Isotopically labeled tracers are used to follow flows of endogenous metabolites in the body. The labeled tracers are identical to the endogenous metabolites in terms of chemical structure with substitution of one or more atoms with isotopes different from those usually present. The isotopes are substituted to make the tracers distinguishable (measurable) from the normal metabolites. We usually think first of the radioactive isotopes (e.g., 3H for hydrogen and 14C for carbon) as tracers that can be measured by the particles they emit when they decay, but there are also non-radioactive, stable isotopes that can be used. Because isotopes of the same atom only differ in the number of neutrons that are contained, they can be distinguished in a compound by mass spectrometry, which determines the abundance of compounds by mass. Most of the lighter elements have one abundant stable isotope and one or two isotopes of higher mass of minor abundance. The major and minor isotopes are 1H and 2H for hydrogen, 14N and 15N for nitrogen, 12C and 13C for carbon, and 16O, 17O, and 18O for oxygen. Except for some isotope effects, which can be significant for both the radioactive (3H) and nonradioactive (2H) hydrogen isotopes, a compound that is isotopically labeled is essentially indistinguishable from the corresponding unlabeled endogenous compound in the body. Because they do not exist in nature and so little of the radioactive material is administered, radioisotopes are considered "weightless" tracers that do not add material to the system. Radioactive tracer data are expressed as counts or disintegrations per minute per unit compound. Because the stable isotopes are naturally occurring (e.g., »1% of all carbon in the body is 13C), the stable isotope tracers are administered and measured as the "excess above the naturally occurring abundance" of the isotope in the body as either the mole ratio of the amount of tracer isotope divided by the amount of unlabeled material or the mole fraction (usually expressed as a percentage: mole % excess or atom % excess, the latter being an older, less appropriate term in the literature) (64).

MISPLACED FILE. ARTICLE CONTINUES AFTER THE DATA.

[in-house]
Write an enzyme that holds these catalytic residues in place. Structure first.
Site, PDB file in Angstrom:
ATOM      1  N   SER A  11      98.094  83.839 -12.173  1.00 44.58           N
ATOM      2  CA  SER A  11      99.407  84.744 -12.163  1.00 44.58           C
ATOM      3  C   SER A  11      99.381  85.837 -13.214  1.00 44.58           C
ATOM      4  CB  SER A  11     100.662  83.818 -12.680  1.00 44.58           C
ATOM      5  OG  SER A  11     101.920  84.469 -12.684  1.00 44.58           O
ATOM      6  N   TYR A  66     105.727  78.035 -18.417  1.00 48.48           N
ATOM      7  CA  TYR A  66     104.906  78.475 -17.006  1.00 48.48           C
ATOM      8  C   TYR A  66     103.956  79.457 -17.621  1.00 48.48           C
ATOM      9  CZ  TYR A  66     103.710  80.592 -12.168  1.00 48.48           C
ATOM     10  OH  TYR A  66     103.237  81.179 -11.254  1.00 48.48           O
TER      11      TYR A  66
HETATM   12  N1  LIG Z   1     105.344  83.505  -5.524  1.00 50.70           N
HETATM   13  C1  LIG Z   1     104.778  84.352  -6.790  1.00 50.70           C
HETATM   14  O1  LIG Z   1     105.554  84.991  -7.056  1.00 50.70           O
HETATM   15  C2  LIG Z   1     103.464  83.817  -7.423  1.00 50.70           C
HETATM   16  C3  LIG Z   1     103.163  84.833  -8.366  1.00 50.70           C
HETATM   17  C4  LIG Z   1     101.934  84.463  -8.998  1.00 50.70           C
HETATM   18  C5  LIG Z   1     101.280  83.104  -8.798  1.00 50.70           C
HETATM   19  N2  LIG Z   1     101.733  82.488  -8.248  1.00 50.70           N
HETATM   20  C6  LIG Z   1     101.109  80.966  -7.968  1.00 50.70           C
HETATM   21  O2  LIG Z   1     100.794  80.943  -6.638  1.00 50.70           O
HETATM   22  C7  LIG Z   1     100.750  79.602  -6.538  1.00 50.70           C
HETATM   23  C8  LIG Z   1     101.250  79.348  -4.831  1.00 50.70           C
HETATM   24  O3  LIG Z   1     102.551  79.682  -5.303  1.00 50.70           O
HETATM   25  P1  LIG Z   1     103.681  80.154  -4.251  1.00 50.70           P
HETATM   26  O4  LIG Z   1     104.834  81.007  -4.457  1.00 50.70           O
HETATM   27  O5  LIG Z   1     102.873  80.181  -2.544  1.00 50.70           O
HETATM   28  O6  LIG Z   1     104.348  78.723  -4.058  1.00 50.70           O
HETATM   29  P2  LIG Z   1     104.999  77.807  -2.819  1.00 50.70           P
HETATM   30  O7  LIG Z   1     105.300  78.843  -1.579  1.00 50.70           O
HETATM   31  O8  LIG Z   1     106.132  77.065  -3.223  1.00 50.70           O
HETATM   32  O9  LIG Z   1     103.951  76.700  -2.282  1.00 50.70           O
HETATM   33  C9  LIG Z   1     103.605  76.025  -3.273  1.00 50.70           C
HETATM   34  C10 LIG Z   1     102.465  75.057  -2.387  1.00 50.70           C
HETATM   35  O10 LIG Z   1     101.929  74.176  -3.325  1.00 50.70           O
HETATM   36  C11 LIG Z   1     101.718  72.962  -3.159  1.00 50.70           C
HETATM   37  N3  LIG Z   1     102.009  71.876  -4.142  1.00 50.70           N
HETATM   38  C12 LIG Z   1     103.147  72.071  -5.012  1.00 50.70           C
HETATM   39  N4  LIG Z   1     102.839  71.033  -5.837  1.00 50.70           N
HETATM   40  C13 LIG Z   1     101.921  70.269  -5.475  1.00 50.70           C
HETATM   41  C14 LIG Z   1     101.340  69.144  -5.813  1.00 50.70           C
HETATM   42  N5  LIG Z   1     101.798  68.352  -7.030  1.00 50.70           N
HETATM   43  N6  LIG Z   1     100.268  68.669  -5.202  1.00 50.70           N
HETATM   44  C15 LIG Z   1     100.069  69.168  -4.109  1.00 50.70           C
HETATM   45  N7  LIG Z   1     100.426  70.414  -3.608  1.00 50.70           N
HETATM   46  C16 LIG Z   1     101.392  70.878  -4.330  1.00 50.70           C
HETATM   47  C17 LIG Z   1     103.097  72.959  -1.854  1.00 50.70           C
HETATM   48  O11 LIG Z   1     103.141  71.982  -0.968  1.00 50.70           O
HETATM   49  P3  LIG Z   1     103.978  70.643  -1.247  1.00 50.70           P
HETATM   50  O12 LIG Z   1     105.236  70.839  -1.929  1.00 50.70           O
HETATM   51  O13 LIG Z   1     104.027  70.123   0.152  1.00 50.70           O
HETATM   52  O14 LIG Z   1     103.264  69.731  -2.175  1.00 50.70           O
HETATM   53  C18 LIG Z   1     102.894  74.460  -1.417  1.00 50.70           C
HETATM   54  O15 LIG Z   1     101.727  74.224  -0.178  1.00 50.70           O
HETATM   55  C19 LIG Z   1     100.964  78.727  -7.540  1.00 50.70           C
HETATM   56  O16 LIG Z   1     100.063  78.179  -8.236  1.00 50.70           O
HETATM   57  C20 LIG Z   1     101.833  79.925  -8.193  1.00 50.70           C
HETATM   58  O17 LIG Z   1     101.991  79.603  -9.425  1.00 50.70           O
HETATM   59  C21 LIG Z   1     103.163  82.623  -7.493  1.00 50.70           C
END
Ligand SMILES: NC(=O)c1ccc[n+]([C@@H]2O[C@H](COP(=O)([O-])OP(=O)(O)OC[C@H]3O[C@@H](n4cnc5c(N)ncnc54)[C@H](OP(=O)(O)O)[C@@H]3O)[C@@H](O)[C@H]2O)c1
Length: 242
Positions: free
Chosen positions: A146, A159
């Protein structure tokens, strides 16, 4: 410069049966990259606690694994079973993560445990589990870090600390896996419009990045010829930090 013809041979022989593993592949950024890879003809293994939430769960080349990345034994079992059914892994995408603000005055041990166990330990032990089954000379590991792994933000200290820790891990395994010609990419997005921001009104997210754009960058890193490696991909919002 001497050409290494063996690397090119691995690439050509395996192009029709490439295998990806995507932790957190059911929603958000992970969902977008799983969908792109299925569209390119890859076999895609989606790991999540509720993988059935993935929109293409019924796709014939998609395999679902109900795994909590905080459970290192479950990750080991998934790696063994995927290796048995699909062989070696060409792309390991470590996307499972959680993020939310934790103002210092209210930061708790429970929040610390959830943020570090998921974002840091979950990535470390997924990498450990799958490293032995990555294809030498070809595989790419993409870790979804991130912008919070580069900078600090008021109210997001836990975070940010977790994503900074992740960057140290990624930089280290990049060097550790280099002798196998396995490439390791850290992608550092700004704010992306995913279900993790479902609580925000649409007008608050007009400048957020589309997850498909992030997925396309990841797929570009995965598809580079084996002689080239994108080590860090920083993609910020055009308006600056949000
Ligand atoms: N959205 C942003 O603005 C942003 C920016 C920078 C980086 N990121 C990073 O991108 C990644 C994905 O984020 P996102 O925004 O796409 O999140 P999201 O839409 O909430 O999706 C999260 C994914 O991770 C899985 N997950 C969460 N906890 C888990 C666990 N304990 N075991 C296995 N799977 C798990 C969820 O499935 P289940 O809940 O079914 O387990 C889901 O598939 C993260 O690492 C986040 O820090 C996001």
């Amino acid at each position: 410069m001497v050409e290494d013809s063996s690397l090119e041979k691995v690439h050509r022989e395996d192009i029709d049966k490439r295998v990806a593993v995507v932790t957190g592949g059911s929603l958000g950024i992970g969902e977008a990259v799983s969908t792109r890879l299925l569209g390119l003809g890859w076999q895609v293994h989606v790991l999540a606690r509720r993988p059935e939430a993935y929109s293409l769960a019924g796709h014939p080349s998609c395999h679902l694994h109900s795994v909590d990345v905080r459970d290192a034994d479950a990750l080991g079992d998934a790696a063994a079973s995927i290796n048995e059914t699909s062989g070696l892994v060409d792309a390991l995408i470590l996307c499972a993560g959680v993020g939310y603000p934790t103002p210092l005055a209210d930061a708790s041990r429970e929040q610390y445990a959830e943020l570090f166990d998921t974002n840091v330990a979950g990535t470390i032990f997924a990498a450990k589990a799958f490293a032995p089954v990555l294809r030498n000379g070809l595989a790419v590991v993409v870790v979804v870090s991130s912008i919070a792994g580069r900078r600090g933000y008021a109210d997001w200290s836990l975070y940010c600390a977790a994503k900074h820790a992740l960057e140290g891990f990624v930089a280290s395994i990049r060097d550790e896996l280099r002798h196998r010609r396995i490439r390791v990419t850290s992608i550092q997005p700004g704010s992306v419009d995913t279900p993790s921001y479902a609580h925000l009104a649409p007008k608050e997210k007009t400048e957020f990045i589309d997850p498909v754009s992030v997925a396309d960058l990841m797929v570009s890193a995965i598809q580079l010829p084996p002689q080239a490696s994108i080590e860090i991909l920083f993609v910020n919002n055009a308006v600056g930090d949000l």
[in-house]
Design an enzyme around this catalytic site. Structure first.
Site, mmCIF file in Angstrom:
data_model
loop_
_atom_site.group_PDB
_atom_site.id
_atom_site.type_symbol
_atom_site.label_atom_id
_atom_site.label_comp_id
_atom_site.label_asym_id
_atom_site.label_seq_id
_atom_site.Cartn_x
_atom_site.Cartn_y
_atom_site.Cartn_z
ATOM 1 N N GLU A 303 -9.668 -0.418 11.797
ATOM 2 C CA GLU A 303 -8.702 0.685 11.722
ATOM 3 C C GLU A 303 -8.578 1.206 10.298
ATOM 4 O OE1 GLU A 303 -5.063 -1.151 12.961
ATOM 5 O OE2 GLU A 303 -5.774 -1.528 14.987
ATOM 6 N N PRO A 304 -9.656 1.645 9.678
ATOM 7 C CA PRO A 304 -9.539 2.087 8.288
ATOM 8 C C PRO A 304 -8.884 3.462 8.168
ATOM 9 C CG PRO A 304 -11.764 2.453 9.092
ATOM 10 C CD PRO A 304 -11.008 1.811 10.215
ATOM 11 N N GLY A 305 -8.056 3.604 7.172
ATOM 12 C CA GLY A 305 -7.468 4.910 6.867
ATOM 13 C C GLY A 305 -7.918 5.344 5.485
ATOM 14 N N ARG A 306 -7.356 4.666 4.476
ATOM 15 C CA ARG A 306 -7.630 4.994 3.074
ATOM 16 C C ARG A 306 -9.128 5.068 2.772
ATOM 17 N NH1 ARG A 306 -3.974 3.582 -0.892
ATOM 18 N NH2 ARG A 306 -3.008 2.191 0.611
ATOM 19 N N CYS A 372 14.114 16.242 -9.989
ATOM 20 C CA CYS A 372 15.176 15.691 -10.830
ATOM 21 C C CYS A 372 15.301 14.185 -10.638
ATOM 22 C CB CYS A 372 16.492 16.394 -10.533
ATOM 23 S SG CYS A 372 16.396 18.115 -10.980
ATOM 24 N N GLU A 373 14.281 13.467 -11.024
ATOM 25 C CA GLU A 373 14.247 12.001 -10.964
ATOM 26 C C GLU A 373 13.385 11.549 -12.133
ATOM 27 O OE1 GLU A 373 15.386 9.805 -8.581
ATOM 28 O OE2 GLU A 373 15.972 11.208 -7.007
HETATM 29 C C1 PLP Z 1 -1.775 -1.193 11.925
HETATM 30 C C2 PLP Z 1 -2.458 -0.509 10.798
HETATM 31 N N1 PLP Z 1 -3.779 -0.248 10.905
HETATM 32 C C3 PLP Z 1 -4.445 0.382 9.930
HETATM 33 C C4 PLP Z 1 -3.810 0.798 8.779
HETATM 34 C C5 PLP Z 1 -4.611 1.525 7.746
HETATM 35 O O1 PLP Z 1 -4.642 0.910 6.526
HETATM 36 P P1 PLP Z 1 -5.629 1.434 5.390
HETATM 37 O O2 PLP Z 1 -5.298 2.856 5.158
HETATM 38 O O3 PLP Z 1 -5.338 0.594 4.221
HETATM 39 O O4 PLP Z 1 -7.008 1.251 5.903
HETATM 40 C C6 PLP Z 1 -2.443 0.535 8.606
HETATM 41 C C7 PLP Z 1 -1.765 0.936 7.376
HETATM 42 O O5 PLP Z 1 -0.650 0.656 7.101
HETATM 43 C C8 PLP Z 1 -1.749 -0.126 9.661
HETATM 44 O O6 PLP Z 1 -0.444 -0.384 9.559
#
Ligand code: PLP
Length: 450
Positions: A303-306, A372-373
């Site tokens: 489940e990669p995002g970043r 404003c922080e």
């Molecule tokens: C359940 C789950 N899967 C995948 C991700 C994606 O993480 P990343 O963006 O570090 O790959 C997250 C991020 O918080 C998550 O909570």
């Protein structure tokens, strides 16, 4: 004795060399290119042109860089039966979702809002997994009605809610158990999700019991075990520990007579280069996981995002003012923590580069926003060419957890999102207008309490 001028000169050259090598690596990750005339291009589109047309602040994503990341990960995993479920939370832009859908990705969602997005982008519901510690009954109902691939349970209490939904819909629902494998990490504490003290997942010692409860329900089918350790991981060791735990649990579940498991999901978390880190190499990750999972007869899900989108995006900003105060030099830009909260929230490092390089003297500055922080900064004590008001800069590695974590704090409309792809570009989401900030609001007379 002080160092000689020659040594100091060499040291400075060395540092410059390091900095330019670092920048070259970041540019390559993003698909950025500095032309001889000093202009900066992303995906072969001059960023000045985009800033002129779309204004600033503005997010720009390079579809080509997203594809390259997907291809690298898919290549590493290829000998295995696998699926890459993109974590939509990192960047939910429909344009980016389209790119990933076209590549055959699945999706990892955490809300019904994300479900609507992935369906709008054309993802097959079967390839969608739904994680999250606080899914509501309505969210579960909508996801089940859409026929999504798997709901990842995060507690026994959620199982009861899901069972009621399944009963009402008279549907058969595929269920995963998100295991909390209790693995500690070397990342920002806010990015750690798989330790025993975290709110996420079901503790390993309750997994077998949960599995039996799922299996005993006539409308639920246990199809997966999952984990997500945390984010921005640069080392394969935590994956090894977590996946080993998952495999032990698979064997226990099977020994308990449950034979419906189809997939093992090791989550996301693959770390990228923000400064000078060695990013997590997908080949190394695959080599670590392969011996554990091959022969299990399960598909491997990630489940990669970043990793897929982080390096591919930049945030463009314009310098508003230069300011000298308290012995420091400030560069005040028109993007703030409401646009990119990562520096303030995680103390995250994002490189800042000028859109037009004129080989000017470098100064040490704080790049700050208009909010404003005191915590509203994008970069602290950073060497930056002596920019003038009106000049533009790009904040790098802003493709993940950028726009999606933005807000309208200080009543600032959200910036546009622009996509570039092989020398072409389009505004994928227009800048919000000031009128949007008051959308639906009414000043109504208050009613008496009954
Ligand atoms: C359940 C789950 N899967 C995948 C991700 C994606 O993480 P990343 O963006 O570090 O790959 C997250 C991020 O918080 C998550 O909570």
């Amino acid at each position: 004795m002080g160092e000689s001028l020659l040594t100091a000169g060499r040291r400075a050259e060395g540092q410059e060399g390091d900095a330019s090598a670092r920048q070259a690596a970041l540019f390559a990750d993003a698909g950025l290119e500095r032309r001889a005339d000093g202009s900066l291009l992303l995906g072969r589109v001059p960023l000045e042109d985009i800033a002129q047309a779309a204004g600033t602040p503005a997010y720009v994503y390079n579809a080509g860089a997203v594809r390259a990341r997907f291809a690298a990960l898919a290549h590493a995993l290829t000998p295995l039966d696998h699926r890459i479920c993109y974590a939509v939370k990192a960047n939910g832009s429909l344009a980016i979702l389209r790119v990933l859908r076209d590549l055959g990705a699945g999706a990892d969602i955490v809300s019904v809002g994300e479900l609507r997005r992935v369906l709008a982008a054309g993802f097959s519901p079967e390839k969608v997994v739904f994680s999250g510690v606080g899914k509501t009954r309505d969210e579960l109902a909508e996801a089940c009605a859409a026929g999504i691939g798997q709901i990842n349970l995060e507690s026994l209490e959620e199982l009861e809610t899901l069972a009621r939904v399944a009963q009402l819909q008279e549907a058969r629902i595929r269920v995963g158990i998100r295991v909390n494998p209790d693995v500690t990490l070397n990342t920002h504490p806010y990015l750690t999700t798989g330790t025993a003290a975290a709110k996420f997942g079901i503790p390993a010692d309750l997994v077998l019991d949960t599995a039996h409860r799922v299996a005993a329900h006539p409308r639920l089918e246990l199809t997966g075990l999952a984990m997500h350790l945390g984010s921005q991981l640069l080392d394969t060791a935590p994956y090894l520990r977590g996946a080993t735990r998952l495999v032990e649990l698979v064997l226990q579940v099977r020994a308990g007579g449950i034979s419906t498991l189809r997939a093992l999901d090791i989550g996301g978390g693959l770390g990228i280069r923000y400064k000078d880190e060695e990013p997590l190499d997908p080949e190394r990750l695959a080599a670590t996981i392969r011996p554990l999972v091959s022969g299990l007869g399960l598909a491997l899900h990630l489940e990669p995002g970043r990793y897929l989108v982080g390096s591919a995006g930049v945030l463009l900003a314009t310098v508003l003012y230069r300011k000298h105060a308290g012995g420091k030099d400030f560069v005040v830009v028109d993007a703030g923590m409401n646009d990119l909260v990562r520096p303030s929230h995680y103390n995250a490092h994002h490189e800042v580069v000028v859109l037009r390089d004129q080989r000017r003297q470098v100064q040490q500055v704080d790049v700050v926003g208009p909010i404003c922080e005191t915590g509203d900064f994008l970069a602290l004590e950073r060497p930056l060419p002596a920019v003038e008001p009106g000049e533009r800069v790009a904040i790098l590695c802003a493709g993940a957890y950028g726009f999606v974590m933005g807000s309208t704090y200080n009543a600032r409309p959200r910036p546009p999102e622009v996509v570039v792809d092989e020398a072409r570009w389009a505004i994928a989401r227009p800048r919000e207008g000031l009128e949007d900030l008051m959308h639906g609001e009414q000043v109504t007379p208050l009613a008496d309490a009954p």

The basis of most tracer measurements to determine amino acid kinetics is the simple concept of tracer dilution. This concept is illustrated in Fig.yie,,2.;.9 for the determination of the flow of water in a stream. If you infuse a dye of known concentration (enrichment) into the stream, go downstream after the dye has mixed well with the stream water, and take a sample of the dye, then you can calculate from the measured dilution of the dye the rate at which water must be flowing in the stream to make that dilution. The necessary information required is infusion rate of dye (tracer infusion rate) and measured concentration of the dye (enrichment or specific activity of the tracer). The calculated value is the flow of water through the stream (flux of unlabeled metabolite) causing the dilution. This simple dye-dilution analogy is the basis for almost all kinetic calculations in a wide range of formats for a wide range of applications. A few of the more important approaches are discussed below.
Figure 2.9. Basic principal of the "dye-dilution" method of determining tracer kinetics.
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